It is a special night and it is about celebrating the tourism industry across Australia and that's effectively what it's about.
It's run by an independent organisation that has judges from each state and then three independent judges on the back of that, so no involvement from government even though a couple of us were questioned as the night went on - in jest of course but very competitive.
And as I said, business operators that put their heart and soul into their businesses.
HOST: These awards I imagine are great to be able to put on a brochure, that you've won the best for example the best adventure tourism, or if you're talking about these awards. So that when people are looking when they come from another country, they say well this is the place I should go to. They would carry a lot of weight.
COLBECK: There is no question that businesses use them for marketing, in fact I think that was a comment made by a couple of winners when they got up on the stage to accept their awards on Friday night. They said that they were going to market extensively around the fact that they had been successful in that award in a national competition.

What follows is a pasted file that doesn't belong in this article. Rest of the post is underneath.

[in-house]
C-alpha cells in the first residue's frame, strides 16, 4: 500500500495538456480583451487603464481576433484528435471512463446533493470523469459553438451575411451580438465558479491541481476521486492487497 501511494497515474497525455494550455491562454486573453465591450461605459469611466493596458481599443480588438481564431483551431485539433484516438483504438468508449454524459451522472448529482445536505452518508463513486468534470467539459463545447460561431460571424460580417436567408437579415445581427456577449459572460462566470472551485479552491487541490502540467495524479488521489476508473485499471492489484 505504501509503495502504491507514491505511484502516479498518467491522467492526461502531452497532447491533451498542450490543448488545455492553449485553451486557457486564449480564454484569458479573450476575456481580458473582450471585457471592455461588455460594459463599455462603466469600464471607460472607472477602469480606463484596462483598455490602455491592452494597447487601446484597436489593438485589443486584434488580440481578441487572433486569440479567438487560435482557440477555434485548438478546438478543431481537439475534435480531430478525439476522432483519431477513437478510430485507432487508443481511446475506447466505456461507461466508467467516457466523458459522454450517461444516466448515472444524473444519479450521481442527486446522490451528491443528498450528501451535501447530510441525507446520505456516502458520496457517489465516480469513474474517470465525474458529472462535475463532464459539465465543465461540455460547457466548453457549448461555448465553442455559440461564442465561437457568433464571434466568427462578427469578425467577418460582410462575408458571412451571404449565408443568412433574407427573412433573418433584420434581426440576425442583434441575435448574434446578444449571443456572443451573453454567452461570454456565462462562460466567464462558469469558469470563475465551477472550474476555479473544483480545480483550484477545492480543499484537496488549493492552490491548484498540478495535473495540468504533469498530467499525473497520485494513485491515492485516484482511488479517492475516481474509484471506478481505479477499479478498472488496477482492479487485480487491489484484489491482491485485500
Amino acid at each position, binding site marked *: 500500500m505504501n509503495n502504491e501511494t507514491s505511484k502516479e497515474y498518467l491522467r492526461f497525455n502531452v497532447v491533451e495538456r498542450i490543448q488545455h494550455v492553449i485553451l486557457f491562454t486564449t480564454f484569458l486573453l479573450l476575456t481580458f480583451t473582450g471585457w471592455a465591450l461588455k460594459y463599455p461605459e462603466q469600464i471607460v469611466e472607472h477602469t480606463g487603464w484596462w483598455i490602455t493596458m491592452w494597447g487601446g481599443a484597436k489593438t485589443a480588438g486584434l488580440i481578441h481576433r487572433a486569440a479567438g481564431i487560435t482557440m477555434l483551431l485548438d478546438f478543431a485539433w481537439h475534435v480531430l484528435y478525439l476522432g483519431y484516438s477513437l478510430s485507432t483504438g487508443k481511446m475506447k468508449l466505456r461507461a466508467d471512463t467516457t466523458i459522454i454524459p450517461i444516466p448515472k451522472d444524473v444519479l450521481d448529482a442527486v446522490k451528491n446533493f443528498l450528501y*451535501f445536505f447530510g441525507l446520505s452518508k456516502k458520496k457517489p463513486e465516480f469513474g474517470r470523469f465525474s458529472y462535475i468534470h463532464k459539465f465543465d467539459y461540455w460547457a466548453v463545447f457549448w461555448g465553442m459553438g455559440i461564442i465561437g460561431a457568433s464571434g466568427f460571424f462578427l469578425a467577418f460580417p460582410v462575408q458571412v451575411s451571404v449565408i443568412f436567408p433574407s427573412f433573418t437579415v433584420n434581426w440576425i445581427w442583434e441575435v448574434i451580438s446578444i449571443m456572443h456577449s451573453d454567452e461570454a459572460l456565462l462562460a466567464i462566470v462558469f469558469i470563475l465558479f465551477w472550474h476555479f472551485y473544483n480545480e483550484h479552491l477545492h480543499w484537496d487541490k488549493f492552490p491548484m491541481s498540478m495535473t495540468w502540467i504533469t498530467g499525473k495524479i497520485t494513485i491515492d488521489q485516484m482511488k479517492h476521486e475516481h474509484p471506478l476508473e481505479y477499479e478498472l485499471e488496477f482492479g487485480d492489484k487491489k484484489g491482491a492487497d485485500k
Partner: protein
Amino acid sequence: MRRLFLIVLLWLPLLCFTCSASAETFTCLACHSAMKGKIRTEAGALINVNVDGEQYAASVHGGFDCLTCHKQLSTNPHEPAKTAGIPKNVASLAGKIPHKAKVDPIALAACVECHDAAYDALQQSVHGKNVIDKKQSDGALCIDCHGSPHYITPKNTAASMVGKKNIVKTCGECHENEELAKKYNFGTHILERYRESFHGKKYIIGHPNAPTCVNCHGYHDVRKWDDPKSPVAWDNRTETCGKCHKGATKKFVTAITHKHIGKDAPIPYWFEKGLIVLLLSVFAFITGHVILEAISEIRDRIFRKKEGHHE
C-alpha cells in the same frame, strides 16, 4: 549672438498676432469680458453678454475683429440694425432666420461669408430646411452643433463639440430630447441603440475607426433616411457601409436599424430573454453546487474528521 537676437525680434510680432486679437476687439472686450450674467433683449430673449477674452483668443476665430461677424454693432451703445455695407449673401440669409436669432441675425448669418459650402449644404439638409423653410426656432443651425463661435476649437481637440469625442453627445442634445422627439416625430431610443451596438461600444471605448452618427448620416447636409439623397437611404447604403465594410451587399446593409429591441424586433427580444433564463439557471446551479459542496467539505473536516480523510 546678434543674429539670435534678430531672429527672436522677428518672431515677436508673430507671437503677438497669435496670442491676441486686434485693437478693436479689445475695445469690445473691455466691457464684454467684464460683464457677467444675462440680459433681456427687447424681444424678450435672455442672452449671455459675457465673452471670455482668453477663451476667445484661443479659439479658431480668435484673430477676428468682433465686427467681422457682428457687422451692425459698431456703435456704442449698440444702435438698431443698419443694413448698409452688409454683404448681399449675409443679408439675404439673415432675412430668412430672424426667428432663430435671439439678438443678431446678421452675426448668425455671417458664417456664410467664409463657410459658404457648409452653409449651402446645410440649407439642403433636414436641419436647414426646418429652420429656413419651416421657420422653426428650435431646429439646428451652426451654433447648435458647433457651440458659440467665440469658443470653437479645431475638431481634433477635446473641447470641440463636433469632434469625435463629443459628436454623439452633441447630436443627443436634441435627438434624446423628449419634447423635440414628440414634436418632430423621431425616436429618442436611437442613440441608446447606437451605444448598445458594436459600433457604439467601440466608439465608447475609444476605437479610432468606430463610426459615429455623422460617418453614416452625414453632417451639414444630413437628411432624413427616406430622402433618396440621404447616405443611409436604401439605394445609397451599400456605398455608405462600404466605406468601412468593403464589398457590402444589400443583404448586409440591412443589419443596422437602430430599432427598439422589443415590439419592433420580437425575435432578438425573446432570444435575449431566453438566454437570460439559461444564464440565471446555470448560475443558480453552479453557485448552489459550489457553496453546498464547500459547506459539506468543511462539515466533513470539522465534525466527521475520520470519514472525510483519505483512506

But by the same token, each of those that were there on Friday night were award winners in their state so they still have the capacity to market that as far as their particular business goes. Within South Australia for example they are the best in the state. So they can market that.
There is still a dividend out of that for each of the businesses that were there.
HOST: One of our texters says perhaps in regards to Kangaroo Island the ferry cost has to be reduced or introduce a competitor - says Christine.
Now this is very interesting because I did have a holiday in your beautiful state of Tasmania, Senator Richard Colbeck here on Drive, and I went to Bruny Island and it was a very cheap trip. I think it was a return trip of less than $30, something around the $30 mark. So $15 each way to take the car across.
COLBECK: Well you're right Bruny Island is a pretty special part of Tassie and I think that's part of the network that's run in Tasmania by the State Government. I don't recall what the fare was last time I was there which was about 2 years ago I think.
But look, there are a whole range of inputs but this is about the particular businesses themselves and if you look at Kangaroo Island, the Southern Ocean Lodge for example was featured as part of our new international campaign marketing aquatic and coastal features of Australia.
There are in fact four locations out of South Australia that feature in that campaign so there's plenty to see and plenty of attributes that are of real value in South Australia for any international tourist or Australian for that matter.